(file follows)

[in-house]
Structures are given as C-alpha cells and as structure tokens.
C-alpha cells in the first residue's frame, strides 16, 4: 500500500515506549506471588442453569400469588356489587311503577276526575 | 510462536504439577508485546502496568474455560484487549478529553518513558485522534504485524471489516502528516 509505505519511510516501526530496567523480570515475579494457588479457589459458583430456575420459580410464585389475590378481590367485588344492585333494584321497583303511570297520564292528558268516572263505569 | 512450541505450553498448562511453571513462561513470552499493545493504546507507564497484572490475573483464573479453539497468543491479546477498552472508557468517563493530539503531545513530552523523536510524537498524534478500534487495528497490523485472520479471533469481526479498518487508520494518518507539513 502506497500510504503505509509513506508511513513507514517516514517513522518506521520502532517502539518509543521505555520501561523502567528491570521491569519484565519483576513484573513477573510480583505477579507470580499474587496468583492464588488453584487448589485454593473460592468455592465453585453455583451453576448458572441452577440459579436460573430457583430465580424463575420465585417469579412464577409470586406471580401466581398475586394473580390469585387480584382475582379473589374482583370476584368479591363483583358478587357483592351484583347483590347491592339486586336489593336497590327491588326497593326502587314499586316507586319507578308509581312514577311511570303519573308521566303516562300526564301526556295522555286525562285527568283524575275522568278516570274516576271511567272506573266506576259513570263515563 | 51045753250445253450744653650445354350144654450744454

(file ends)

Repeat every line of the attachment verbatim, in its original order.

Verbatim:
[in-house]
Structures are given as C-alpha cells and as structure tokens.
C-alpha cells in the first residue's frame, strides 16, 4: 500500500515506549506471588442453569400469588356489587311503577276526575 | 510462536504439577508485546502496568474455560484487549478529553518513558485522534504485524471489516502528516 509505505519511510516501526530496567523480570515475579494457588479457589459458583430456575420459580410464585389475590378481590367485588344492585333494584321497583303511570297520564292528558268516572263505569 | 512450541505450553498448562511453571513462561513470552499493545493504546507507564497484572490475573483464573479453539497468543491479546477498552472508557468517563493530539503531545513530552523523536510524537498524534478500534487495528497490523485472520479471533469481526479498518487508520494518518507539513 502506497500510504503505509509513506508511513513507514517516514517513522518506521520502532517502539518509543521505555520501561523502567528491570521491569519484565519483576513484573513477573510480583505477579507470580499474587496468583492464588488453584487448589485454593473460592468455592465453585453455583451453576448458572441452577440459579436460573430457583430465580424463575420465585417469579412464577409470586406471580401466581398475586394473580390469585387480584382475582379473589374482583370476584368479591363483583358478587357483592351484583347483590347491592339486586336489593336497590327491588326497593326502587314499586316507586319507578308509581312514577311511570303519573308521566303516562300526564301526556295522555286525562285527568283524575275522568278516570274516576271511567272506573266506576259513570263515563 | 51045753250445253450744653650445354350144654450744454